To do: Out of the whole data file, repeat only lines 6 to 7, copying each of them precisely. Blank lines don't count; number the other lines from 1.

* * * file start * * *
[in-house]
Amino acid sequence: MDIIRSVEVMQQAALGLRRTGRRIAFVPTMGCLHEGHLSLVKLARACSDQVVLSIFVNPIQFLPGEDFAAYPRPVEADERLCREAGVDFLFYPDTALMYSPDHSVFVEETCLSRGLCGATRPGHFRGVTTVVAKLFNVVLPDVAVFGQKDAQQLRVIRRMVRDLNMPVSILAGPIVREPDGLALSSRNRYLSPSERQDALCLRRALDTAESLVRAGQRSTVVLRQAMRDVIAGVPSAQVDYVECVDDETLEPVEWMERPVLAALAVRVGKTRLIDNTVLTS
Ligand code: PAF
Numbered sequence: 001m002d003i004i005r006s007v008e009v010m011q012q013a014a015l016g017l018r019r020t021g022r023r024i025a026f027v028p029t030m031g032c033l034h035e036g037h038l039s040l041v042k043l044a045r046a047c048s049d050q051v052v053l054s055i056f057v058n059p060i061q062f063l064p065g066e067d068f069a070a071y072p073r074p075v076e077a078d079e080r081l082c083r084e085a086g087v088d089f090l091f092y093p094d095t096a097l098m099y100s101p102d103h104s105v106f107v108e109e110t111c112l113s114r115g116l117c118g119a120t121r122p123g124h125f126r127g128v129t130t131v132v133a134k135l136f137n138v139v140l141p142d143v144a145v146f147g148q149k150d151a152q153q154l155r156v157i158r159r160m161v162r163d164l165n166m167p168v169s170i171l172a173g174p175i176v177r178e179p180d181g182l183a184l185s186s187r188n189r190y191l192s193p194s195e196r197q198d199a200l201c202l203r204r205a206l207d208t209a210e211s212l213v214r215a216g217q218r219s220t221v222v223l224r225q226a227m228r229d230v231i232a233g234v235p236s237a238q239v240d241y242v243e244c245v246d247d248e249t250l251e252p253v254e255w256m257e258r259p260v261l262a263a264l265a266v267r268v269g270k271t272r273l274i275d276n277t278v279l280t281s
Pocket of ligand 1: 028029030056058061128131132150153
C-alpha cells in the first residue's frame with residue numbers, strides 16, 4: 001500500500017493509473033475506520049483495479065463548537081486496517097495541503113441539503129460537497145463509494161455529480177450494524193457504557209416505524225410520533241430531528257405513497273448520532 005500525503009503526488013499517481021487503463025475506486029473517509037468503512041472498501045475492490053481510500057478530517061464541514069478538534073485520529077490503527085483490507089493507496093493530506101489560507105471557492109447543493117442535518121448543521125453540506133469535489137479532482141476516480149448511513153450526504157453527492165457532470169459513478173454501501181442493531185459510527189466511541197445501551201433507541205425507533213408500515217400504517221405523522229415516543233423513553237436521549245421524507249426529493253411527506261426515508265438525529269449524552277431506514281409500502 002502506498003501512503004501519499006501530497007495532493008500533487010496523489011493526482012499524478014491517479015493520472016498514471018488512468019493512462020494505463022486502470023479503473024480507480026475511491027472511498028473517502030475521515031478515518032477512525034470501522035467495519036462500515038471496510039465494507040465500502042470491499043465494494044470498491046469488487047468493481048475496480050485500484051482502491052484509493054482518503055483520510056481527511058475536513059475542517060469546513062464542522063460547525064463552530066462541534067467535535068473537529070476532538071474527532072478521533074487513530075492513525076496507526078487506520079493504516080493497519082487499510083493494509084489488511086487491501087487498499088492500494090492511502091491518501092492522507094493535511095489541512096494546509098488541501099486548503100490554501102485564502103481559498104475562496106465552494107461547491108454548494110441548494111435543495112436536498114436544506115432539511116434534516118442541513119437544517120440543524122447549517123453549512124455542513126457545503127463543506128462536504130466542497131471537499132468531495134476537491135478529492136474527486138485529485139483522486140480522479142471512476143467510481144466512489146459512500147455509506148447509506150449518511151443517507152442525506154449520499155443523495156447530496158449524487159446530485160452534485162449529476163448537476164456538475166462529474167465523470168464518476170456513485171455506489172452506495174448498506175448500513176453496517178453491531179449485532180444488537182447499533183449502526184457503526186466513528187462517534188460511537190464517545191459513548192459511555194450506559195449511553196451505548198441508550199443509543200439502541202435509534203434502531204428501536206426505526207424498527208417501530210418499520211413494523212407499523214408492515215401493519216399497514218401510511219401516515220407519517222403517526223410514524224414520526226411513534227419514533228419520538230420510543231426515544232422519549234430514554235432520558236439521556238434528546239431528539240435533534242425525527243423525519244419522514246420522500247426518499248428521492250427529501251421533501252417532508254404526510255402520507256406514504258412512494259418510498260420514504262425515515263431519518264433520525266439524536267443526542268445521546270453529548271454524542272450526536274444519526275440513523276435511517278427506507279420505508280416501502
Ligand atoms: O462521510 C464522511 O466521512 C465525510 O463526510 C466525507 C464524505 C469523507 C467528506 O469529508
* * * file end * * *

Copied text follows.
C-alpha cells in the first residue's frame with residue numbers, strides 16, 4: 001500500500017493509473033475506520049483495479065463548537081486496517097495541503113441539503129460537497145463509494161455529480177450494524193457504557209416505524225410520533241430531528257405513497273448520532 005500525503009503526488013499517481021487503463025475506486029473517509037468503512041472498501045475492490053481510500057478530517061464541514069478538534073485520529077490503527085483490507089493507496093493530506101489560507105471557492109447543493117442535518121448543521125453540506133469535489137479532482141476516480149448511513153450526504157453527492165457532470169459513478173454501501181442493531185459510527189466511541197445501551201433507541205425507533213408500515217400504517221405523522229415516543233423513553237436521549245421524507249426529493253411527506261426515508265438525529269449524552277431506514281409500502 002502506498003501512503004501519499006501530497007495532493008500533487010496523489011493526482012499524478014491517479015493520472016498514471018488512468019493512462020494505463022486502470023479503473024480507480026475511491027472511498028473517502030475521515031478515518032477512525034470501522035467495519036462500515038471496510039465494507040465500502042470491499043465494494044470498491046469488487047468493481048475496480050485500484051482502491052484509493054482518503055483520510056481527511058475536513059475542517060469546513062464542522063460547525064463552530066462541534067467535535068473537529070476532538071474527532072478521533074487513530075492513525076496507526078487506520079493504516080493497519082487499510083493494509084489488511086487491501087487498499088492500494090492511502091491518501092492522507094493535511095489541512096494546509098488541501099486548503100490554501102485564502103481559498104475562496106465552494107461547491108454548494110441548494111435543495112436536498114436544506115432539511116434534516118442541513119437544517120440543524122447549517123453549512124455542513126457545503127463543506128462536504130466542497131471537499132468531495134476537491135478529492136474527486138485529485139483522486140480522479142471512476143467510481144466512489146459512500147455509506148447509506150449518511151443517507152442525506154449520499155443523495156447530496158449524487159446530485160452534485162449529476163448537476164456538475166462529474167465523470168464518476170456513485171455506489172452506495174448498506175448500513176453496517178453491531179449485532180444488537182447499533183449502526184457503526186466513528187462517534188460511537190464517545191459513548192459511555194450506559195449511553196451505548198441508550199443509543200439502541202435509534203434502531204428501536206426505526207424498527208417501530210418499520211413494523212407499523214408492515215401493519216399497514218401510511219401516515220407519517222403517526223410514524224414520526226411513534227419514533228419520538230420510543231426515544232422519549234430514554235432520558236439521556238434528546239431528539240435533534242425525527243423525519244419522514246420522500247426518499248428521492250427529501251421533501252417532508254404526510255402520507256406514504258412512494259418510498260420514504262425515515263431519518264433520525266439524536267443526542268445521546270453529548271454524542272450526536274444519526275440513523276435511517278427506507279420505508280416501502
Ligand atoms: O462521510 C464522511 O466521512 C465525510 O463526510 C466525507 C464524505 C469523507 C467528506 O469529508